Review Article

Telehealth Interventions for Supportive Management and Early Recognition of Treatment-Related Symptoms in Patients With Hematologic Malignancies

Chasity Yajima, MSN, APRN, FNP-C, AOCNP®, Christi Bowe, DNP, APRN, ANP-C, NPD-BC, CPHQ, Diane Barber, PhD, APRN, ANP-BC, AOCNP®, FAANP, FAAN, and Joyce Dains, DrPH, JD, APRN, FNP-BC, FAANP, FAAN

From The University of Texas MD Anderson Cancer Center, Houston, Texas

Authors’ disclosures of conflicts of interest are found at the end of this article.

Correspondence to: Chasity Yajima, MSN, APRN, FNP-C, AOCNP®, The University of Texas MD Anderson Cancer Center, 1515 Holcombe Boulevard, Houston, TX 77030. E-mail: clidom@mdanderson.org


J Adv Pract Oncol 2021;12(8):835–849 | https://doi.org/10.6004/jadpro.2021.12.8.5 | © 2021 Harborside™


  

ABSTRACT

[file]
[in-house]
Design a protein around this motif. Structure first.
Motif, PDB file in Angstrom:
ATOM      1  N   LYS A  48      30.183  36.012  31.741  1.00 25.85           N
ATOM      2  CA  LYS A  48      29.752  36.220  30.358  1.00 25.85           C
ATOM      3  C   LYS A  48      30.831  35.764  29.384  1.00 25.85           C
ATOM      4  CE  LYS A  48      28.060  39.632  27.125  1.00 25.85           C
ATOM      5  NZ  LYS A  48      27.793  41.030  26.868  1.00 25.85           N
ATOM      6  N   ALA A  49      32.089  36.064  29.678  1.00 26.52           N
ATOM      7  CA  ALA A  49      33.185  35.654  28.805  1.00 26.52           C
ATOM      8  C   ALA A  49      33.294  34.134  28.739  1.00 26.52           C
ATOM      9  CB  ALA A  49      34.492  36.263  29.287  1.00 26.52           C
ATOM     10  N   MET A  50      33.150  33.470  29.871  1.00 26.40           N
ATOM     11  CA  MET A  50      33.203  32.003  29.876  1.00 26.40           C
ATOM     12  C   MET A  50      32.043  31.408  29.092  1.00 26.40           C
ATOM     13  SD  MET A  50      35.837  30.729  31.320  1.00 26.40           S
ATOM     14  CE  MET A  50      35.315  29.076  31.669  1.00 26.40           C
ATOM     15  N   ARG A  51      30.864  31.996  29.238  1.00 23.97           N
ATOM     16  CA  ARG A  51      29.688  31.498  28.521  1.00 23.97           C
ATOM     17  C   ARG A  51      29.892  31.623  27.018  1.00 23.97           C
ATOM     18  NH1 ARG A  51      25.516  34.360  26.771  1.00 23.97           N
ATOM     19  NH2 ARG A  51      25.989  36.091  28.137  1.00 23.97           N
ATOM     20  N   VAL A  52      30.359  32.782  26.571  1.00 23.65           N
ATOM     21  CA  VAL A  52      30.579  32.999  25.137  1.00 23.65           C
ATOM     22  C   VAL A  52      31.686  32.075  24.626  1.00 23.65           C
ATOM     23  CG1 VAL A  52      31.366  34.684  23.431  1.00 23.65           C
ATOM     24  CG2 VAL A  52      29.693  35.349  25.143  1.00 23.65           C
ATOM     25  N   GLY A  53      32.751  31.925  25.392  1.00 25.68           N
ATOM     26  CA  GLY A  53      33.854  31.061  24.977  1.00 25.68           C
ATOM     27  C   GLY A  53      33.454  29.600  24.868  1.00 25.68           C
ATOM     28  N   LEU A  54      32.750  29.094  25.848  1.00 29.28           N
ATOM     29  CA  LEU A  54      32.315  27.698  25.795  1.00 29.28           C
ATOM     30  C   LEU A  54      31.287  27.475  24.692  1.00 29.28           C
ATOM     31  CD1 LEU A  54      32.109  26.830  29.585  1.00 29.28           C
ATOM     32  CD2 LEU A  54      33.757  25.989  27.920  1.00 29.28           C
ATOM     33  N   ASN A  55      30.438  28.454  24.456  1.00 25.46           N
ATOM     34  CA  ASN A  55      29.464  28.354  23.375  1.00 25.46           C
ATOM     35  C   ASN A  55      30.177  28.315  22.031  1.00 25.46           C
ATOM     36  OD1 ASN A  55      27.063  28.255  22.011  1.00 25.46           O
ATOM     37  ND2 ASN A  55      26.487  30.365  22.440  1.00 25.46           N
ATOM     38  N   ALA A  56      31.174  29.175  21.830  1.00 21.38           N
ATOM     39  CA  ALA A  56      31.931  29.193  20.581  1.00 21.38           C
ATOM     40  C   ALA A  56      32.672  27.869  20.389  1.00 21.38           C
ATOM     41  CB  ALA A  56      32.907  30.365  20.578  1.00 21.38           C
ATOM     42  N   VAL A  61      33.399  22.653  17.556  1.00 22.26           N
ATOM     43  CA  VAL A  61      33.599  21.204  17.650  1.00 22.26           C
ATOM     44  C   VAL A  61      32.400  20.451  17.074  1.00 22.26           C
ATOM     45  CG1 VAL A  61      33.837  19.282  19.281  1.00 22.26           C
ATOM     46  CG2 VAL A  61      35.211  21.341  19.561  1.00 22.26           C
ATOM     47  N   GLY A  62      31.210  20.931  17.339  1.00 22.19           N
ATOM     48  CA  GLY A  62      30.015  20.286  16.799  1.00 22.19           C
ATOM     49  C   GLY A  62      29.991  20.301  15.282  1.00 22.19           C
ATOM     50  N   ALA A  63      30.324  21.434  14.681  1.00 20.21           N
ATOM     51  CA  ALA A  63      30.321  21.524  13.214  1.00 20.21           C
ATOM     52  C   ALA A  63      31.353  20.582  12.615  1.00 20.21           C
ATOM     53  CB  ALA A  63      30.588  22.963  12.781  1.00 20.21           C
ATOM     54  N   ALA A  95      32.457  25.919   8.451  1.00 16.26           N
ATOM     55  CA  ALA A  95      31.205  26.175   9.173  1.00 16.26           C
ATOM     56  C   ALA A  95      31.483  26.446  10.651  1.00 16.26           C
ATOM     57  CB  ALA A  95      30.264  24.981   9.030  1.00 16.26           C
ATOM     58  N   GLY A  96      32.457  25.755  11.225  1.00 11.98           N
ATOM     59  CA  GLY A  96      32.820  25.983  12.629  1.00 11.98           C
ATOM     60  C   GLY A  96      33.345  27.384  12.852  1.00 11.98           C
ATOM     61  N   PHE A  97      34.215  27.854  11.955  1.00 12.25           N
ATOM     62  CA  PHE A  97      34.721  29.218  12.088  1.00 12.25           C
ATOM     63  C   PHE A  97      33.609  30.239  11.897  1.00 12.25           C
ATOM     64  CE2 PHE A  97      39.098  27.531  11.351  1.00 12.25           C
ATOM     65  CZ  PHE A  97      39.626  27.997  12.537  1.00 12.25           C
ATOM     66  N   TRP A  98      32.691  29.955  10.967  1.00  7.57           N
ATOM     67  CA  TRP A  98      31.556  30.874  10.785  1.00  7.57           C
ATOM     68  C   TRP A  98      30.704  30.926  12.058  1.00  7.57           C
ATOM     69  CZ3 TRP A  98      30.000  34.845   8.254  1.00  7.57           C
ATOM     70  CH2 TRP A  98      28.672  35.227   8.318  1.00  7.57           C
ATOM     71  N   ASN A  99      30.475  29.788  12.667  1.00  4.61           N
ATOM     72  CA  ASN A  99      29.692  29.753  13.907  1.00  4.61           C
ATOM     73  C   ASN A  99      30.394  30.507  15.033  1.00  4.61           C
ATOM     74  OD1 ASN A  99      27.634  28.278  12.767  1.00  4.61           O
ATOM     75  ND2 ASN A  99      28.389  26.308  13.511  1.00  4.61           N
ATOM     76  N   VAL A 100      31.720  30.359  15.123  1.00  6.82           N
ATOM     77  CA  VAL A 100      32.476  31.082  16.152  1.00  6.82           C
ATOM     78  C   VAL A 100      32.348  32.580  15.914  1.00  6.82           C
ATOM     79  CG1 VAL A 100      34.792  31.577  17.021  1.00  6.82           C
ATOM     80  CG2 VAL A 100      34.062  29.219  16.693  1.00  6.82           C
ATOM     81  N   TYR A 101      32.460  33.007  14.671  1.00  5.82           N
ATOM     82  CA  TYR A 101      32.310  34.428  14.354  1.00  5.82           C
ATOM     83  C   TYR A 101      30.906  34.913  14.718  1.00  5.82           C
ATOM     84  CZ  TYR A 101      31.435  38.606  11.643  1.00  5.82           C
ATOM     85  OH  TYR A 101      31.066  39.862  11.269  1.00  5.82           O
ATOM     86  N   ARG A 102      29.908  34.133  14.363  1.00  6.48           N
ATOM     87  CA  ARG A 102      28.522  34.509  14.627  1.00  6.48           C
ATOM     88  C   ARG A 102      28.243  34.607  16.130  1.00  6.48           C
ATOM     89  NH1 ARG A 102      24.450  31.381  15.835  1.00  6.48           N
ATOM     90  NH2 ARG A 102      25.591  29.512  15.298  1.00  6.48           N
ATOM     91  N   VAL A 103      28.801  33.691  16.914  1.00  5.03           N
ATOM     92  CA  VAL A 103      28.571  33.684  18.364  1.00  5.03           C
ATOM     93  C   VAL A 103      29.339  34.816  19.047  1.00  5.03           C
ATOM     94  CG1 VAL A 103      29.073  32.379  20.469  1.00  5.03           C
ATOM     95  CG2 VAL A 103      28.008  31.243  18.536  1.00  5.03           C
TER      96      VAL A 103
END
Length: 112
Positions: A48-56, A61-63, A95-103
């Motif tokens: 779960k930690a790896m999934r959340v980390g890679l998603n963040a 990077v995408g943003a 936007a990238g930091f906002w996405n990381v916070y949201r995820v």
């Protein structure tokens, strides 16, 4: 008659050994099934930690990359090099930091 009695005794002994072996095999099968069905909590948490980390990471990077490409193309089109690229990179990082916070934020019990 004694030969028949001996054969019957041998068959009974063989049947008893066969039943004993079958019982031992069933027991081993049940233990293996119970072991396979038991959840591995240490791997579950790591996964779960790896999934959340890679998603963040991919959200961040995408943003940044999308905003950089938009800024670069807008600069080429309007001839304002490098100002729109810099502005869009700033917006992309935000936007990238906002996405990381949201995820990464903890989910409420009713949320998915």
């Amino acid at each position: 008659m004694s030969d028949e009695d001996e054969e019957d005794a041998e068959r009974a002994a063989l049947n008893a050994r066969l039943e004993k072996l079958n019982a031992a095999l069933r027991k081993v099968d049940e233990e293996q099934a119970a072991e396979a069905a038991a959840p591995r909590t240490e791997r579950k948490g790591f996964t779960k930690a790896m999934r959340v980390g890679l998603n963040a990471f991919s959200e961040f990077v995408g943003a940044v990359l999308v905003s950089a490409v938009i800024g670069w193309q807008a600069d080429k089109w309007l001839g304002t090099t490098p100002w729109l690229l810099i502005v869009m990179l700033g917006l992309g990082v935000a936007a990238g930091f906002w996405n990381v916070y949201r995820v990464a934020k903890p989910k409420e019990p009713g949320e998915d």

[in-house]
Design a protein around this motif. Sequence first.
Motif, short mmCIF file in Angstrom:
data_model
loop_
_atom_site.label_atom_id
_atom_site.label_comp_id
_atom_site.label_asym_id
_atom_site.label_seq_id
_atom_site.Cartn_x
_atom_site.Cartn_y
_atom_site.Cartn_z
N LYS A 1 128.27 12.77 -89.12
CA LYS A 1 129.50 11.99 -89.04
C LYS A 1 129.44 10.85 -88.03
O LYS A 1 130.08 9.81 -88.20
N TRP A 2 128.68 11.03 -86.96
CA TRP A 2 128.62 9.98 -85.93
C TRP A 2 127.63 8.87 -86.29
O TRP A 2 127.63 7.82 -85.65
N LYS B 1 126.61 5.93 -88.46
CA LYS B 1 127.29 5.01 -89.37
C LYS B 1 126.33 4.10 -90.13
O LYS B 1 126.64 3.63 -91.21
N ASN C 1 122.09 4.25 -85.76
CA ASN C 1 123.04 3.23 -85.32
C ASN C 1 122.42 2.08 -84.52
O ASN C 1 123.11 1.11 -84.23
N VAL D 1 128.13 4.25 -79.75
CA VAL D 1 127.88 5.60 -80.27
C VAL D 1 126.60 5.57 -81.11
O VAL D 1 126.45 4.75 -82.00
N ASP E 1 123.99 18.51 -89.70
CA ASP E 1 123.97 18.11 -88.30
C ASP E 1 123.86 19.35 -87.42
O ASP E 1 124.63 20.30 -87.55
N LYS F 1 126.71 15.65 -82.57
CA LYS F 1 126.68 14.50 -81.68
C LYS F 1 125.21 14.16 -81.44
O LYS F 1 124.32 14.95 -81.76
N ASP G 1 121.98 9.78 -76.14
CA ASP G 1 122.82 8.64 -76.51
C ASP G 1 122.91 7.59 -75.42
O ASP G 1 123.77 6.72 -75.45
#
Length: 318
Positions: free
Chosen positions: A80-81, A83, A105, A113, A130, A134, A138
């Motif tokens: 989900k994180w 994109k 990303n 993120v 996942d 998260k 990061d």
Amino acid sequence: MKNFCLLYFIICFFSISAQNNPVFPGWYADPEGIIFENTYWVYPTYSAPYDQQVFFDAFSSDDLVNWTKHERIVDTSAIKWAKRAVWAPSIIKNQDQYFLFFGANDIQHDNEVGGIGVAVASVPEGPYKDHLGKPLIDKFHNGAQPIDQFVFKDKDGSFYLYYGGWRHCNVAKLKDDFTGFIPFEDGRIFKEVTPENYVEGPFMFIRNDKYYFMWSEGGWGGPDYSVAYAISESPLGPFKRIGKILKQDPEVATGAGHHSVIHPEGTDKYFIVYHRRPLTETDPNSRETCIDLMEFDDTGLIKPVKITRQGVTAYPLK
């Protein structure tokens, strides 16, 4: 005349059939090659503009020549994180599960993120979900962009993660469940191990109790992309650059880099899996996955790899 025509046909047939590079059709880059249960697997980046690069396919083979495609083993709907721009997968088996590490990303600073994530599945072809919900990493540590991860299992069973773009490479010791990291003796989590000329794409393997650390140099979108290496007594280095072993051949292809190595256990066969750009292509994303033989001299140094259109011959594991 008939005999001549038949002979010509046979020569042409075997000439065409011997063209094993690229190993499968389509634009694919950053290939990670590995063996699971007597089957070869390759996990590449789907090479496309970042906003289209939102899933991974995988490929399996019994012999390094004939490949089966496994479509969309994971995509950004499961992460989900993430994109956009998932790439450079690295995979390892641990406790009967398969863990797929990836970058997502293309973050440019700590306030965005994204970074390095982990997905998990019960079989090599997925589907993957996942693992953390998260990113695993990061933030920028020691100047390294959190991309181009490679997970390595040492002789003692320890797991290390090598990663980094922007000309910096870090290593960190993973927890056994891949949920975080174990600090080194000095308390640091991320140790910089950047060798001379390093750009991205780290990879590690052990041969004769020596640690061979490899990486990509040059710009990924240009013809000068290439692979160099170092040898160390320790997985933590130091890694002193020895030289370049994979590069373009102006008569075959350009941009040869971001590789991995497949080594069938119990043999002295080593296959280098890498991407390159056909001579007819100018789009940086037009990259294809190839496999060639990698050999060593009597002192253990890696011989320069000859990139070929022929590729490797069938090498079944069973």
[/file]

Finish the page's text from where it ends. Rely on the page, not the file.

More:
Purpose: The purposes of this literature review were to (1) establish the utility of supportive telehealth interventions focusing on early identification of treatment-related symptoms in adult patients with hematologic malignancies, with a secondary aim to (2) evaluate acceptability and feasibility. Methods: A literature review was conducted using PubMed, Cochrane Database of Systematic Reviews, CINAHL, Scopus, and Embase. Dates searched were from January 2007 through December 2019. Inclusion criteria included a diagnosis of hematologic malignancy, incorporation of telehealth interventions, effects on physiological outcomes, and participants ages 18 or older. Articles were excluded if they were a duplicate, had an irrelevant title, or were an incomplete study. Results: Results indicated overall utility, acceptability, and feasibility of the interventions, including improved awareness of late and long-term therapy–related sequelae in survivorship, an overall decline in the number of chemotherapy delays with decreased rates in dose reductions, a means to further manage exercise remotely, and finally, improved communication between provider and patient with real-time management of acute and chronic treatment-related side effects using supportive telemetric interventions. Conclusion: Overall, the use of telehealth interventions in adult patients with hematologic malignancies positively impacts patient health, and telehealth interventions were found to be both accepted and feasible. Future studies should be directed at the role and involvement of the advanced practitioner, and current literature calls for well-planned studies as methodologic limitations remain in the evidence. 




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